Will it be thinner than a piece of cardboard and just as light? So blazing fast it downloads apps before you know you need them?

It's barely a month since the latest iPads hit store shelves, and the rumor mill is already running about the next iteration of Apple's top-selling gizmo, which created the tablet computer market in 2010.

Slimming the Size

The latest rumor isn't surprising: A Japanese blog, Macotakara, claims the next iPad will be smaller than its predecessor -- smaller by two millimeters to four millimeters (0.078 inch to 0.15 of an inch) and 17 millimeters thinner (0.669 of an inch). It's hard to imagine how Apple's engineers and manufacturing partner Foxconn can keep slimming the design that way. Will it one day be as thin as cardboard? Perhaps, since that's why they're paid the big bucks. The Japanese blog post, which was picked up and translated by 9to5Mac in the U.S., said the newest iPad could be in testing at the end of this month.

The report, citing unnamed sources, also says Apple is moving its production schedule up to compete with Google's Nexus and Microsoft's Surface tablet refreshes, with the new iPad fifth-generation model due as soon as March. That's after the iPad 3, iPad mini and iPad 4 this year.

But the iPad 4 was not a substantial improvement over the iPad 3 -- which added a Retina display, faster processor, better camera and LTE-speed data as an improvement over the iPad 2. The current iPad has only a slightly faster processor -- 1.3 gigahertz compared with 1 gigahertz -- and a 1.2-megapixel front camera compared to the puny 0.3 megapixel version on the predecessor. You're not likely to demand a refund and rush for an exchange for that upgrade if you had the iPad 3. (The new Lightning connector, though supposedly allowing faster data transfer, annoyed many people because they had to shell out for adapters.)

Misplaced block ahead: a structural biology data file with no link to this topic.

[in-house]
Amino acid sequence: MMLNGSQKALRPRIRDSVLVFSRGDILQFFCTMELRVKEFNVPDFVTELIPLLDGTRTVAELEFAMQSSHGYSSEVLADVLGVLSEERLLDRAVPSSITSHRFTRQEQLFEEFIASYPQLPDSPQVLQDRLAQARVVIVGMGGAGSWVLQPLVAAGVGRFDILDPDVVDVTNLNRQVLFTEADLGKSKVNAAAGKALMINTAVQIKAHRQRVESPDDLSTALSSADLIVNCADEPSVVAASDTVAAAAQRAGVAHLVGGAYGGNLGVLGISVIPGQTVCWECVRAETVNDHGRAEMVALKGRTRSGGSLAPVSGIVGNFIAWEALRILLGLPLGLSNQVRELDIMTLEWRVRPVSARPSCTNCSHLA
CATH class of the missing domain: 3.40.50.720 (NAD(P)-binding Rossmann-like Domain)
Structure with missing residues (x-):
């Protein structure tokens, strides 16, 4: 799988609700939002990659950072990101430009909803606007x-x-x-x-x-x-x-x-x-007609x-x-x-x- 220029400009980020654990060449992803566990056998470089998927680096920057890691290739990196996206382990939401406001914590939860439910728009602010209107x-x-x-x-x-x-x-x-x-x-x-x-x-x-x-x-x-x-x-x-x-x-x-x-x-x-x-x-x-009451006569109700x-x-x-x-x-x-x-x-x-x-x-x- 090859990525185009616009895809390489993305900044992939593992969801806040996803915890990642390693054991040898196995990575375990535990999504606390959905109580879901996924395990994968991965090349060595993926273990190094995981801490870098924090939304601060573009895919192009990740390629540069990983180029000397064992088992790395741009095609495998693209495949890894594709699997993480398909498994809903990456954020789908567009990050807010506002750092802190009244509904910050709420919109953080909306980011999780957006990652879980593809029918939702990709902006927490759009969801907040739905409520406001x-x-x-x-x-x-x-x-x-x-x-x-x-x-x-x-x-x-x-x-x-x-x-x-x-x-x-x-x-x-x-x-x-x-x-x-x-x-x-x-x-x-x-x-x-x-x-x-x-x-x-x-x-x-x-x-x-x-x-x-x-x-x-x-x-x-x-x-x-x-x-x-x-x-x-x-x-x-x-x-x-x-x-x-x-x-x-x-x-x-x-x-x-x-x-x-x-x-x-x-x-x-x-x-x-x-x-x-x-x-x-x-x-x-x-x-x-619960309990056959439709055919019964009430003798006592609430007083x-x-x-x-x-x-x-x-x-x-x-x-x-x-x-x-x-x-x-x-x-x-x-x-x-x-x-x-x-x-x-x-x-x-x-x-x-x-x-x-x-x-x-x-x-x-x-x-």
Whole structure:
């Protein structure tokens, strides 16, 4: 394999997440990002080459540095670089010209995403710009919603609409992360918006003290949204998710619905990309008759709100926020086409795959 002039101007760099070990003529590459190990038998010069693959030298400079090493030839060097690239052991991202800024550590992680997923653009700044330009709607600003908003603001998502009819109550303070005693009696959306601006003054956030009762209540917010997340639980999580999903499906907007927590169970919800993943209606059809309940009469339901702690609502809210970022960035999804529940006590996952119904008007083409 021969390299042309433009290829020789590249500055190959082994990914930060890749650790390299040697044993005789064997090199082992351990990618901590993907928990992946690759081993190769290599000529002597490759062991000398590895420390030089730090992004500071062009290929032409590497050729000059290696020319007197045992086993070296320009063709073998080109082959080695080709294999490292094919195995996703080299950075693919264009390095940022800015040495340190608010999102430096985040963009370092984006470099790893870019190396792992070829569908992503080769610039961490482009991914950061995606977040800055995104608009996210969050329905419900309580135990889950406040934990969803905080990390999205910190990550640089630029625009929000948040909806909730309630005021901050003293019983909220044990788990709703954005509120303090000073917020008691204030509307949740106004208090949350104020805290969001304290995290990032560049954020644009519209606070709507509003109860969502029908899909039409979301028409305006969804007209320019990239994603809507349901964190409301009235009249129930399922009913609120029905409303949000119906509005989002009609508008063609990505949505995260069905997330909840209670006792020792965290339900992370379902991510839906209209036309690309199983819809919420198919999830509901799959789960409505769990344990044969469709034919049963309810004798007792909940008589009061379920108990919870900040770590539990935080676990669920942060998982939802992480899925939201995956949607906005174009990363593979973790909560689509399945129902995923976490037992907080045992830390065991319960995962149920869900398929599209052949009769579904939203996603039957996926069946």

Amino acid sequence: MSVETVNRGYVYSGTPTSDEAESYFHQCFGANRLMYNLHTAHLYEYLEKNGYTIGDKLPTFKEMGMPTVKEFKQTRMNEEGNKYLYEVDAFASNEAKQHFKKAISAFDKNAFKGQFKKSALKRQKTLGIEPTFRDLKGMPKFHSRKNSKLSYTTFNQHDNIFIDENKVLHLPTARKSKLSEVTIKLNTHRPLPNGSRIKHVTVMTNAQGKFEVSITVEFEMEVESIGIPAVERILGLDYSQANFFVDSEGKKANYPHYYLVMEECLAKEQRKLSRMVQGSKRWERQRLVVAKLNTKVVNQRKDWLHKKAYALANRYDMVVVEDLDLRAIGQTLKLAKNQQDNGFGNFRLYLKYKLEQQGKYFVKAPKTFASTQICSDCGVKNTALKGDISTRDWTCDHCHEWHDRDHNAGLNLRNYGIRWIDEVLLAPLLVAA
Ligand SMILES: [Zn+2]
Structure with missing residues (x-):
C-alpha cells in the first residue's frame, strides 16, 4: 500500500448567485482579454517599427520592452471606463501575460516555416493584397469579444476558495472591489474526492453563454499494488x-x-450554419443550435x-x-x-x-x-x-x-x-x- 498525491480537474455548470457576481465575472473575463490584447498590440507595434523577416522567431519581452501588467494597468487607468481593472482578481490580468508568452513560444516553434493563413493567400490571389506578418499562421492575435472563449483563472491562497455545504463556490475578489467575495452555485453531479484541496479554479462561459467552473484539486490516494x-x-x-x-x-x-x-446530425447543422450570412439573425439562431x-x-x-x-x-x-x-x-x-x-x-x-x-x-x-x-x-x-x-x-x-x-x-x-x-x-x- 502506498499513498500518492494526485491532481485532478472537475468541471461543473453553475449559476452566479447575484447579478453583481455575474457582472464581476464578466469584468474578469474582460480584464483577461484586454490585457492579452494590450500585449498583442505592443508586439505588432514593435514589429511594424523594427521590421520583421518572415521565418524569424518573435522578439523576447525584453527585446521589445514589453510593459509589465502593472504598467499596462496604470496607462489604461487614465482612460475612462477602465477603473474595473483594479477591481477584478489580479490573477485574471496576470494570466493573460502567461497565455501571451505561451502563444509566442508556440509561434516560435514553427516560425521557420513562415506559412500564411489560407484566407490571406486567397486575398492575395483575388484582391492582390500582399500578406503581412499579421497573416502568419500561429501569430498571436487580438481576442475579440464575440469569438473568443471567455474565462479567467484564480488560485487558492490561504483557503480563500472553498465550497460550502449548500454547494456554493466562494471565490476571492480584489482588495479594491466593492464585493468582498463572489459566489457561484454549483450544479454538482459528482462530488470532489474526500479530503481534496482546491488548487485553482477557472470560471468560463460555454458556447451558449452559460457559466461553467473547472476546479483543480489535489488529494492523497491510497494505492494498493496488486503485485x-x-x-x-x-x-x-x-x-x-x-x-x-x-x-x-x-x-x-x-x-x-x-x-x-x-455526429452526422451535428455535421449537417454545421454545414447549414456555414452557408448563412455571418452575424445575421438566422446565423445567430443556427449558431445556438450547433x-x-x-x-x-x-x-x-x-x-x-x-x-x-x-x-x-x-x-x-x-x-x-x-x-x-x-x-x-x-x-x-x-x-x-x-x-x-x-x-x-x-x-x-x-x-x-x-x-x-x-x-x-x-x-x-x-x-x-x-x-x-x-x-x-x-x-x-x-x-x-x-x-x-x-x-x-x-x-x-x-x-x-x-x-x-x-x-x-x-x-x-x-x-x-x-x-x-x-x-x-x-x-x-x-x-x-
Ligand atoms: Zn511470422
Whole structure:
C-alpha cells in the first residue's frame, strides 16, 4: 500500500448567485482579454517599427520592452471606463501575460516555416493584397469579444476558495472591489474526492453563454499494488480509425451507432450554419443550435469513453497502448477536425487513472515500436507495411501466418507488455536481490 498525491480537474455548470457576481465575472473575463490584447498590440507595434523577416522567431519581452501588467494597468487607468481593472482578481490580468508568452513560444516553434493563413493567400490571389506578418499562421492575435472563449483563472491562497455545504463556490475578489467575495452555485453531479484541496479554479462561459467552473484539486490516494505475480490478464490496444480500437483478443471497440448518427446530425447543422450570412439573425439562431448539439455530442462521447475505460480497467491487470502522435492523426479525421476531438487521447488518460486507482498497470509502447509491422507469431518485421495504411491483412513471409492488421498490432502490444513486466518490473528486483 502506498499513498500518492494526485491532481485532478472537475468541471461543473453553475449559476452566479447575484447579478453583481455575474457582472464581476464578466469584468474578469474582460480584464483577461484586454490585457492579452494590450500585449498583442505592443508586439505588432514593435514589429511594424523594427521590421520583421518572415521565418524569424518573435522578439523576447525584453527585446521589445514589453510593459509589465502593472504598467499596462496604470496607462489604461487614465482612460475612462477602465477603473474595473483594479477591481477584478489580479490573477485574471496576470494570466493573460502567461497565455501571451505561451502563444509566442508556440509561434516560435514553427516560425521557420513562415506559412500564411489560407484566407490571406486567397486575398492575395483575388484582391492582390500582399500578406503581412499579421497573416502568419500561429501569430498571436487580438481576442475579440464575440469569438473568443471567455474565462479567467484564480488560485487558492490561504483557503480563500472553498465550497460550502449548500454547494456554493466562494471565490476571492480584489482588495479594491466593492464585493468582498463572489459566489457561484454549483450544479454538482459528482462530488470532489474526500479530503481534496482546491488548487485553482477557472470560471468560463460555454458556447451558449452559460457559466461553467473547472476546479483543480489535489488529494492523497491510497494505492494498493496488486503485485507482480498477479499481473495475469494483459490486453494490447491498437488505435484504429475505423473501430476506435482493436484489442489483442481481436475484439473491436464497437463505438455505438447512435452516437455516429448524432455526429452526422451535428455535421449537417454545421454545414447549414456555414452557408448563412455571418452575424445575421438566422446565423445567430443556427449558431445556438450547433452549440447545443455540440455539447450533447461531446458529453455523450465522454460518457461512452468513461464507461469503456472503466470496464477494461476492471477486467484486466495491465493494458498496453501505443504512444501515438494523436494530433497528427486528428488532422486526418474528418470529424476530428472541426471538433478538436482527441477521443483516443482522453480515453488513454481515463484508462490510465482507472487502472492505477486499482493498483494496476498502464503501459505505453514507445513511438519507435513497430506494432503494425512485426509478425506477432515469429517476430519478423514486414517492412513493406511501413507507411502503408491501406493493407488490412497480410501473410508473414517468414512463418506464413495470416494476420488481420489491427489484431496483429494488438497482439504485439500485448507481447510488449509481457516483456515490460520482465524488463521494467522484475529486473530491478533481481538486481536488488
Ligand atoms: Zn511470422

So what's left for the iPad 5? There's only so thin they can make the thing, though cameras, display and processors can always be subject to improvement.

Michael Gartenberg, a technology analyst at Gartner Research, sees no reason Apple should worry about its top-selling devices losing momentum because they are not original enough.

"With almost every iteration of every Apple product since the first iPod, there has always been the comment of "What can Apple do next?" Gartenberg mused to us.

Forward They Go

"Apple has in the past found ways to continue to drive their product line forward in ways that capture the hearts and minds of consumers. The iPod of 2001 looks nothing like the iPod Touch of 2012, and yet continues to be a best-selling device."

As for the competition, Gartenberg said, "At the moment, those folks have the pressure to compete with Apple, not the other way around."

Some financial analysts, however, have lowered projections for the iPad and iPhone for next year based on reported supply purchases. Those projections may be based on the fact that so many people already own a tablet or smartphone and therefore aren't likely to run out and upgrade in the near future.

But one prediction we can make with complete confidence is that rumors and speculation about the next iPad and next iPhone will continue to circulate, as they always do, until Apple makes their formal debut.